In connection with this offering, our board of directors adopted our 2006 Stock Incentive Plan, which we refer to as the 2006 Plan. We plan to submit the 2006 Plan to our stockholders for approval following the completion of this offering. If our stockholders do not approve the 2006 Plan within twelve months of the date the 2006 Plan was approved by our board of directors, then any Award (as defined below) previously made will be automatically cancelled without any further act.

        The 2006 Plan will terminate ten years after it was approved by our board of directors. The 2006 Plan provides for the grant of incentive stock options, or ISOs, as defined in section 422 of the Internal Revenue Code of 1986, as amended, or the Code, and nonstatutory stock options, which we refer to collectively as Awards, to our directors, executives, officers, employees, consultants and advisors.

        Up to 300,000 shares of our common stock are reserved for issuance upon the grant or exercise of Awards under the 2006 Plan. The shares subject to the 2006 Plan, the limitations on the number of shares that may be awarded under the 2006 Plan and shares and option prices subject to awards outstanding under the 2006 Plan may be adjusted by the compensation committee of the board of directors to reflect any stock dividend or split, recapitalization, merger, consolidation, combinations or exchanges of shares or similar corporate change. As of September 15, 2006, we have not yet granted any Awards under the 2006 Plan. However, concurrent with the completion of this offering, we intend to grant an option to purchase 10,000 shares of our common stock to each of Win Westfall and Mallory McCamant at an exercise price equal to the initial public offering price of our common stock. Each option shall be fully vested upon the date of grant and shall expire two years from the date of grant.

        Shares withheld for taxes, shares used to pay the exercise price of an option in a net exercise and shares tendered to us to pay the exercise price of an Award may be available for future grants of Awards under the 2006 Plan. In addition, shares subject to Awards that have expired, been forfeited or otherwise terminated without having been exercised may be subject to new Awards. Shares issued

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under the 2006 Plan may be previously authorized but unissued shares, treasury shares or reacquired shares bought on the open market.

        Generally, the compensation committee of our board of directors administers the 2006 Plan. The committee has the authority to

        The compensation committee, with the approval of the board of directors, may also terminate or amend the 2006 Plan. Termination of, or amendments to, the 2006 Plan are subject to stockholder approval to the extent required by law, or the rules or regulations of the Nasdaq Global Market (or any national securities exchange on which our shares are listed). Additionally, stockholder approval will be specifically required to increase the number of shares available for issuance under the 2006 Plan, to permit the granting of options for our common stock with an exercise price that is below fair market value on the date of grant, or to extend the term of an option beyond ten years.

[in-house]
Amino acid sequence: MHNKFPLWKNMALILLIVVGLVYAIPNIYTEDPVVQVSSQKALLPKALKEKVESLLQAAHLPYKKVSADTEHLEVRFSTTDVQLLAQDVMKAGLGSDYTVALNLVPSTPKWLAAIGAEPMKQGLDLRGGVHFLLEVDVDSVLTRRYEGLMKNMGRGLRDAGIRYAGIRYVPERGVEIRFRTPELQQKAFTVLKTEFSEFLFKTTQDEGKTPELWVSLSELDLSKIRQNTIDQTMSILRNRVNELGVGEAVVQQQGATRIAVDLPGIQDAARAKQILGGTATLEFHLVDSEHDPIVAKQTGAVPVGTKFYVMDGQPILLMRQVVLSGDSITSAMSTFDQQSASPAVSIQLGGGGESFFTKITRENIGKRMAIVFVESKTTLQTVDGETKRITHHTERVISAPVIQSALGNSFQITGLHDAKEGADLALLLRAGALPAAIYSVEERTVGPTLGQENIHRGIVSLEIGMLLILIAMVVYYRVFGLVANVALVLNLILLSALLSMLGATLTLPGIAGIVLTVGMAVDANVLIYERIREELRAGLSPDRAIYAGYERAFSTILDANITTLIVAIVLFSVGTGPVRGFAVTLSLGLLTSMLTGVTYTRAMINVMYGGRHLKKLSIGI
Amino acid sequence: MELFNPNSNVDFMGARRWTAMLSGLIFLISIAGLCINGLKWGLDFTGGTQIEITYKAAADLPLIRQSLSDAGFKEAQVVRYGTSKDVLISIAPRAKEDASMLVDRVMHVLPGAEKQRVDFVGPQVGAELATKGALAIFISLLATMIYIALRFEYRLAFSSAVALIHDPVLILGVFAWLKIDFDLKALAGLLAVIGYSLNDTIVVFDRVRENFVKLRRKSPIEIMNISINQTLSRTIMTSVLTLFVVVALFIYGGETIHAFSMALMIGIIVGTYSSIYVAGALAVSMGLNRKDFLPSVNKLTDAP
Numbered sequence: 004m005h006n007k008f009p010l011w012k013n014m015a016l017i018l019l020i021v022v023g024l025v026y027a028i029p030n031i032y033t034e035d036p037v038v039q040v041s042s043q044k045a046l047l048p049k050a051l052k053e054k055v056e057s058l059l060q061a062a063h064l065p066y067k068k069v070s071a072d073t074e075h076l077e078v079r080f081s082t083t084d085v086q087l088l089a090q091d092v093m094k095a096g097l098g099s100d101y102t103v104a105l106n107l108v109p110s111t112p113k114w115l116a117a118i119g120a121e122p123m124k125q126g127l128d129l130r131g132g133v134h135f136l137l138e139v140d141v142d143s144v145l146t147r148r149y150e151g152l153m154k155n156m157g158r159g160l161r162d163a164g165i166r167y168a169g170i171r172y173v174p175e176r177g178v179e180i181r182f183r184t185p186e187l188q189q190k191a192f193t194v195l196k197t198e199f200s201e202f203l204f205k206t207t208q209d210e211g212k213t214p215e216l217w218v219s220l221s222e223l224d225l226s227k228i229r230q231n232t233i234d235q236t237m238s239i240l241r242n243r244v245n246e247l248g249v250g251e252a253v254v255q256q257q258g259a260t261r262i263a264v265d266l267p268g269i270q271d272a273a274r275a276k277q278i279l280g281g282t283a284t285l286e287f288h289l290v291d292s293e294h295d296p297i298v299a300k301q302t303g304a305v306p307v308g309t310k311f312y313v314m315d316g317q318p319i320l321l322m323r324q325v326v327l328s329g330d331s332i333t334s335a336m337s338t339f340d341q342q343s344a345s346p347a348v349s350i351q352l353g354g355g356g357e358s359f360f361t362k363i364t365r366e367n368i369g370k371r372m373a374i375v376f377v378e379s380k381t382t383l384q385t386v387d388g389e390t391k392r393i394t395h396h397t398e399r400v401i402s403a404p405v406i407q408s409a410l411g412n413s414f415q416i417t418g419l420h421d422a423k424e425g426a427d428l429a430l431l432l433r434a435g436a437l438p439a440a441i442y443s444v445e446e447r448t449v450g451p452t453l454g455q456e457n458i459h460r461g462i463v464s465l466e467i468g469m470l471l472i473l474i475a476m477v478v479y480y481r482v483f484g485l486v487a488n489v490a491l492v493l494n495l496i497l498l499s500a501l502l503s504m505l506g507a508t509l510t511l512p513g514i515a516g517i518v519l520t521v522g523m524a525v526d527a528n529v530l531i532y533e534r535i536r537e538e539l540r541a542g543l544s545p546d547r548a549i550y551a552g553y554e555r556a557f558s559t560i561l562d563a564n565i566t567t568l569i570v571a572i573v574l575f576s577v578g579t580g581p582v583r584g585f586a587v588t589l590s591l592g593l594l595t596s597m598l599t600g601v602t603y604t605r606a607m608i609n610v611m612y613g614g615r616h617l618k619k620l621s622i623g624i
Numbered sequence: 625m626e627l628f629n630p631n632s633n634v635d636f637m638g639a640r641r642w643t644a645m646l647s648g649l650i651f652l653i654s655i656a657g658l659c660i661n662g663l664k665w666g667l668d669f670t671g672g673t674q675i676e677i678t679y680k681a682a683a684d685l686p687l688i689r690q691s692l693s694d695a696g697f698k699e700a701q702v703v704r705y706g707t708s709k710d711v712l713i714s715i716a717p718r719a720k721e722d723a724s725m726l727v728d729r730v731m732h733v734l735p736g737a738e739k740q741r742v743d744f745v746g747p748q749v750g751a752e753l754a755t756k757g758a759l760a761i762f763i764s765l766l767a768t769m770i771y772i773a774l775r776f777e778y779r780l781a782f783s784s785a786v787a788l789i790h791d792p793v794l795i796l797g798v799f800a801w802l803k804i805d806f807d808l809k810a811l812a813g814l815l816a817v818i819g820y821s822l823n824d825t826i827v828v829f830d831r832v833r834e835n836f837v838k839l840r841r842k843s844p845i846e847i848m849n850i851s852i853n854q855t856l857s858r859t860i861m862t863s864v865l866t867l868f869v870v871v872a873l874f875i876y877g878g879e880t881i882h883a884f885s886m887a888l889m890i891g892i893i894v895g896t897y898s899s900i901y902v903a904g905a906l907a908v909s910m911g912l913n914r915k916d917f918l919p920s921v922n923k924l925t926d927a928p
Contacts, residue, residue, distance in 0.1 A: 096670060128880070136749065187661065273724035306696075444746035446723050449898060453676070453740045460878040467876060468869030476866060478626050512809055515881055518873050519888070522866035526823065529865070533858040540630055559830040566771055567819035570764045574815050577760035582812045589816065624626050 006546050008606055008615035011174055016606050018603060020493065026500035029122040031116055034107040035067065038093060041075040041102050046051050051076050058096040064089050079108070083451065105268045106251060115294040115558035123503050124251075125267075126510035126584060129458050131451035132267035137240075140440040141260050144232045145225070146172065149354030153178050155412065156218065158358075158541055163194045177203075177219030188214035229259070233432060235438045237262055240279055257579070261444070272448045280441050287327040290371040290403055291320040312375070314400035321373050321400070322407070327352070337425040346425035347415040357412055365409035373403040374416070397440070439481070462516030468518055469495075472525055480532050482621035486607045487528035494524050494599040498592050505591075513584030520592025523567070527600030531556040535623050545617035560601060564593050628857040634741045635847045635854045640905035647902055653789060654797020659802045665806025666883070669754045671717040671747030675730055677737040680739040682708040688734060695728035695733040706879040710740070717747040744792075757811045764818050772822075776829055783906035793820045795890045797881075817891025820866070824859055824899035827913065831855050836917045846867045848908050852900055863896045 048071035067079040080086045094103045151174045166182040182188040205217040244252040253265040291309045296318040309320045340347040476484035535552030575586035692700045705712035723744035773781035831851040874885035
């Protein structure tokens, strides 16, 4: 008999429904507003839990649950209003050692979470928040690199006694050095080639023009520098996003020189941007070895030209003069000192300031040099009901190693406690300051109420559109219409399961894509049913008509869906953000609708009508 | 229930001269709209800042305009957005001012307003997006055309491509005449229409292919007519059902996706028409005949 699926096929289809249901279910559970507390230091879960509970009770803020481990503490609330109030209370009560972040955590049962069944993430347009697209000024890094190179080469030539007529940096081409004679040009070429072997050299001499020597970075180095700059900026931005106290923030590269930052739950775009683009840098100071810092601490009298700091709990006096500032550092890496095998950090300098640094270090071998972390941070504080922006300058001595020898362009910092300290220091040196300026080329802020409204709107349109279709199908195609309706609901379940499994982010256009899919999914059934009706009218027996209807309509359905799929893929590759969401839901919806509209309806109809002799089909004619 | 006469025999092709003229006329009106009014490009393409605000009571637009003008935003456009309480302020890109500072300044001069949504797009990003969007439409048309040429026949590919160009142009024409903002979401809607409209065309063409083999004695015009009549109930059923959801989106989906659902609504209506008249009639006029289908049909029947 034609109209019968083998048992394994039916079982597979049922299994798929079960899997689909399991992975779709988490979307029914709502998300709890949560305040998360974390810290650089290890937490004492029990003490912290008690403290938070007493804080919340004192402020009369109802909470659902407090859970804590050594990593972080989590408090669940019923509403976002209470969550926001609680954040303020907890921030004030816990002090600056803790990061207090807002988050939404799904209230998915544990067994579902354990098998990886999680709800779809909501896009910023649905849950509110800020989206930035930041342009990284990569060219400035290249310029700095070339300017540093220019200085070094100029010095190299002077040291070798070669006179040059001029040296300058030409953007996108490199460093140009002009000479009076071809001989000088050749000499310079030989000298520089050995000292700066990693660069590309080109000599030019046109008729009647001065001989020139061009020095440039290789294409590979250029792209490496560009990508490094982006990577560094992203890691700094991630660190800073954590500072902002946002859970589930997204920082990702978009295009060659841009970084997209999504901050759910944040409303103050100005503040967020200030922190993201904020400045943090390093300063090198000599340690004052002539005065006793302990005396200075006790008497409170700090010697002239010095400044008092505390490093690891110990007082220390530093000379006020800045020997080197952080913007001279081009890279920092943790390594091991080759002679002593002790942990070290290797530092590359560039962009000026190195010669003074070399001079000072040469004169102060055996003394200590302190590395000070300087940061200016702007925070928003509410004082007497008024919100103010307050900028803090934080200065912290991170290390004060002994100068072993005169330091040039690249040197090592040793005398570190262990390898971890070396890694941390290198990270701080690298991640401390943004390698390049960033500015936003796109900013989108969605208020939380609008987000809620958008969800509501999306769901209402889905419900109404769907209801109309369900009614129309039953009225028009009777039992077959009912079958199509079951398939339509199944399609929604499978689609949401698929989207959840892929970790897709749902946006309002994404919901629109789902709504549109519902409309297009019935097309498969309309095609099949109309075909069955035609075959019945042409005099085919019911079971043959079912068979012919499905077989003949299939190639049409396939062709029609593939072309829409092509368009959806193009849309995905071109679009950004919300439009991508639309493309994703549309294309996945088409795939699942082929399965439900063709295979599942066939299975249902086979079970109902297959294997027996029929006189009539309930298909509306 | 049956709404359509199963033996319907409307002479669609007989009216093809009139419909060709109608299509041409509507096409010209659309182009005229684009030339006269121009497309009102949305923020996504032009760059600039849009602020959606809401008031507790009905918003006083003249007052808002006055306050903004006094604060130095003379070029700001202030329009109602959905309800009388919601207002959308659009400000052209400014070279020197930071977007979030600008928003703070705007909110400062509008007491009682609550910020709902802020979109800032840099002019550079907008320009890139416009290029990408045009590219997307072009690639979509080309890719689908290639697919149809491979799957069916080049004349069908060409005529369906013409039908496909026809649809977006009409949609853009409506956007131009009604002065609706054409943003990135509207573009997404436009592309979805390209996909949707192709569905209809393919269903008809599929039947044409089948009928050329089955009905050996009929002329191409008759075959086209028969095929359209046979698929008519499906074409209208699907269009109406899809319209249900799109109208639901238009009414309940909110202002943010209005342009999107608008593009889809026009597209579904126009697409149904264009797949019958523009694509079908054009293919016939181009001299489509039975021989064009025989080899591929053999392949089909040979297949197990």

Awards under the 2006 Plan may be granted to individuals who are directors, officers, executives, employees, and our consultants and advisors. However, options that are intended to qualify as ISOs may only be granted to employees.

        The following will briefly describe the principal features of the various Awards that may be granted under the 2006 Plan.

        Options.    Options provide for the right to purchase our common stock at a specified price, and usually will become exercisable at the discretion of the compensation committee in one or more installments after the grant date. The option exercise price may be paid in cash, by check, promissory note, shares of our common stock, which have been held by the option holder for longer than six months, or other property with equal value acceptable to the compensation committee, or through other methods as the compensation committee may approve from time to time. Options may take two forms, nonstatutory stock options, or NSOs, and incentive stock options, or ISOs.

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        NSOs may be granted for any term specified by the compensation committee, but shall not exceed ten years. Unless an Award agreement provides otherwise, NSOs will lapse immediately upon termination of the participant's employment with us for cause. NSOs may not be granted at an exercise price that is less than the fair market value of our common stock on the date of grant.